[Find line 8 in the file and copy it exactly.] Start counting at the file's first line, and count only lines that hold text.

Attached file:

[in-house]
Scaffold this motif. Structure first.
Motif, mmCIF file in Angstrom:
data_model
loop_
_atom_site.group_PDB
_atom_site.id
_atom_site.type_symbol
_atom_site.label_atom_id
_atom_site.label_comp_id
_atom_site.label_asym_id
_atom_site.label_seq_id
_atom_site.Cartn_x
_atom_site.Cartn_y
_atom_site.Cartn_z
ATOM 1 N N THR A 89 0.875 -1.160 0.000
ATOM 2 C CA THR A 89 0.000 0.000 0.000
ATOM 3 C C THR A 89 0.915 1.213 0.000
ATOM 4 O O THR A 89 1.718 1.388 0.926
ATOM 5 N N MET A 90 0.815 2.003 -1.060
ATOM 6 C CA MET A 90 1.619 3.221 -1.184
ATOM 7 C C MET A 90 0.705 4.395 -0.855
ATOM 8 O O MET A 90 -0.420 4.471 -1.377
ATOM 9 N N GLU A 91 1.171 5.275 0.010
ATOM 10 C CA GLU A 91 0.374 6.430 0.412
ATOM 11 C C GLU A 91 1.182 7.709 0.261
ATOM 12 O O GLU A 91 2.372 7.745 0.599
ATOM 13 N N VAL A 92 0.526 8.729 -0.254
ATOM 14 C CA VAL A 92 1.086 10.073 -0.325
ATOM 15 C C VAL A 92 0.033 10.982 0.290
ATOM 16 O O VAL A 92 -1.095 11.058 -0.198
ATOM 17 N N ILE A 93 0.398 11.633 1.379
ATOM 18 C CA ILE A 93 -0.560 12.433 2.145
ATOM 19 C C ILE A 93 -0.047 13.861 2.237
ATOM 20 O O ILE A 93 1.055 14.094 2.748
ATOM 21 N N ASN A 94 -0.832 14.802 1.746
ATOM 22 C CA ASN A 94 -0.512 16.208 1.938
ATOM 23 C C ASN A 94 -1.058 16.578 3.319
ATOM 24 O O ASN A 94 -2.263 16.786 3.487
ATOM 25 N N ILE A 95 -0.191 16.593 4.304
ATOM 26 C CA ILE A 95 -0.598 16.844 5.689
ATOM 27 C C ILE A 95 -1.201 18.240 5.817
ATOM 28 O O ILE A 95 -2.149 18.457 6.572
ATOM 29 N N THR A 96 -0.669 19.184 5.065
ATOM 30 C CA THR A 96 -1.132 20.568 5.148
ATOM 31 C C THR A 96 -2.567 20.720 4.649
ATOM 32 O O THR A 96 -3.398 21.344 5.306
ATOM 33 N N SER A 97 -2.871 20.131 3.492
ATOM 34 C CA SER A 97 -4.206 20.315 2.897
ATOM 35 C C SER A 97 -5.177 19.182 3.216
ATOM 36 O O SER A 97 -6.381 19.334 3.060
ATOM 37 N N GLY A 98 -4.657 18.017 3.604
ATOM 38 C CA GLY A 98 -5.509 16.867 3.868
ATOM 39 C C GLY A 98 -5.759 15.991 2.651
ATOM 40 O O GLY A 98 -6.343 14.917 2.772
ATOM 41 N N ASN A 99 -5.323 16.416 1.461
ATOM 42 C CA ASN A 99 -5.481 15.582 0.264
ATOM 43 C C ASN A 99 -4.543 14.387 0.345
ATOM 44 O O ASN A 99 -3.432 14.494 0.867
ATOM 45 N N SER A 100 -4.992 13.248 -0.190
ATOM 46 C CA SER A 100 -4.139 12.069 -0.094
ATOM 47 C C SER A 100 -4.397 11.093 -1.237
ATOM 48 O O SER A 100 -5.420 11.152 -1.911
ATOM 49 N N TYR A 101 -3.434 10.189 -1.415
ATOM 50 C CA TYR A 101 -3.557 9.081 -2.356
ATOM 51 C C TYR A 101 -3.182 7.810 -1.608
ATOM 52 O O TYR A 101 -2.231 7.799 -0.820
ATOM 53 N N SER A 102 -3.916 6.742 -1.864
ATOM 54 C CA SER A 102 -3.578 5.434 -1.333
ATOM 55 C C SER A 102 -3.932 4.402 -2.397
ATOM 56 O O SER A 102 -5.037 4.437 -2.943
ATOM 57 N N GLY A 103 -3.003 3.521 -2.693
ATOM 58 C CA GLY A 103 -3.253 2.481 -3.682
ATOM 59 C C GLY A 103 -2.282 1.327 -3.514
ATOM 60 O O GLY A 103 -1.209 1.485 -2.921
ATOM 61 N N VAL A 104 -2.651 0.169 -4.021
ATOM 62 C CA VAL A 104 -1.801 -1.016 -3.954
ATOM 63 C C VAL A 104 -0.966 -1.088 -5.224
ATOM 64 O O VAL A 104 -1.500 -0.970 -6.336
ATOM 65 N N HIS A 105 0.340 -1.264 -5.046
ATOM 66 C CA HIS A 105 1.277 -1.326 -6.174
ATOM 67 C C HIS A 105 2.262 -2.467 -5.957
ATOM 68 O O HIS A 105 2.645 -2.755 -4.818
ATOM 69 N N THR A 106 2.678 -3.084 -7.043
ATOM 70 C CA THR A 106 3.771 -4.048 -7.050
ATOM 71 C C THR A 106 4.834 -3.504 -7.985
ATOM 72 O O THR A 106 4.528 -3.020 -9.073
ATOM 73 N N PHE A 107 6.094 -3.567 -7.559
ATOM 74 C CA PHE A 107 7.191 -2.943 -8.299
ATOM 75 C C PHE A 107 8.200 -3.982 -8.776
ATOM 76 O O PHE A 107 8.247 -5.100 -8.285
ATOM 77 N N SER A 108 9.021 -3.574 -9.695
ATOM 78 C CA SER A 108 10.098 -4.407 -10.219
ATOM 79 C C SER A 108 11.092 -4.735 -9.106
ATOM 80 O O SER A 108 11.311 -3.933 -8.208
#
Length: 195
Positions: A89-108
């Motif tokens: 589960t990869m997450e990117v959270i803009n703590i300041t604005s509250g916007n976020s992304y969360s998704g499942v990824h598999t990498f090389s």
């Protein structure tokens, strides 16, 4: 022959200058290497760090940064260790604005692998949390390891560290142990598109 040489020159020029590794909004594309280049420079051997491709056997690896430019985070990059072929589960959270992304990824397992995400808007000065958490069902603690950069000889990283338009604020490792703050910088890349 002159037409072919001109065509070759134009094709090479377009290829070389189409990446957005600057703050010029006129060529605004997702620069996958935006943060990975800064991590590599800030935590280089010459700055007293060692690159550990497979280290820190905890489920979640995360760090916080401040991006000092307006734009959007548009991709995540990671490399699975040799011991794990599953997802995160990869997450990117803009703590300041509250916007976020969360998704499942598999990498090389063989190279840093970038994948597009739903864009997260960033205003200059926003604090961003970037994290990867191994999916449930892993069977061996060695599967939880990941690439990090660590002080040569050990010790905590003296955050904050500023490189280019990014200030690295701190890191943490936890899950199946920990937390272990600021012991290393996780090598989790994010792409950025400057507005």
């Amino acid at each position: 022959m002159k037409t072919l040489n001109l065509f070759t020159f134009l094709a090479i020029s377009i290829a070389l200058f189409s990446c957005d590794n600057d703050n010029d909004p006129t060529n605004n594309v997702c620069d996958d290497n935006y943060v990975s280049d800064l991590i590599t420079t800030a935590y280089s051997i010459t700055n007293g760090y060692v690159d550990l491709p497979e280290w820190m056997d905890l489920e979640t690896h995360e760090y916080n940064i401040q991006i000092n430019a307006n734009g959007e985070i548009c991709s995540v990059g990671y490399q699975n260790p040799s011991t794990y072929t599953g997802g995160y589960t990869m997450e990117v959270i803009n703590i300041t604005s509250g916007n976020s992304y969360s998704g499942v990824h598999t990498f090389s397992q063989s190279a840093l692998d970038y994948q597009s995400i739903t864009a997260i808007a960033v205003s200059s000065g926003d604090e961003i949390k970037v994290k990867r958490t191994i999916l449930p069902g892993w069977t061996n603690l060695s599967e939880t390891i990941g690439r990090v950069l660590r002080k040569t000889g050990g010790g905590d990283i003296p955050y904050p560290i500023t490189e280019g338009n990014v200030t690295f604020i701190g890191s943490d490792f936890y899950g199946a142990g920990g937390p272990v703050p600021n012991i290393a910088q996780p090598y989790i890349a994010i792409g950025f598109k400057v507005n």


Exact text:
_atom_site.type_symbol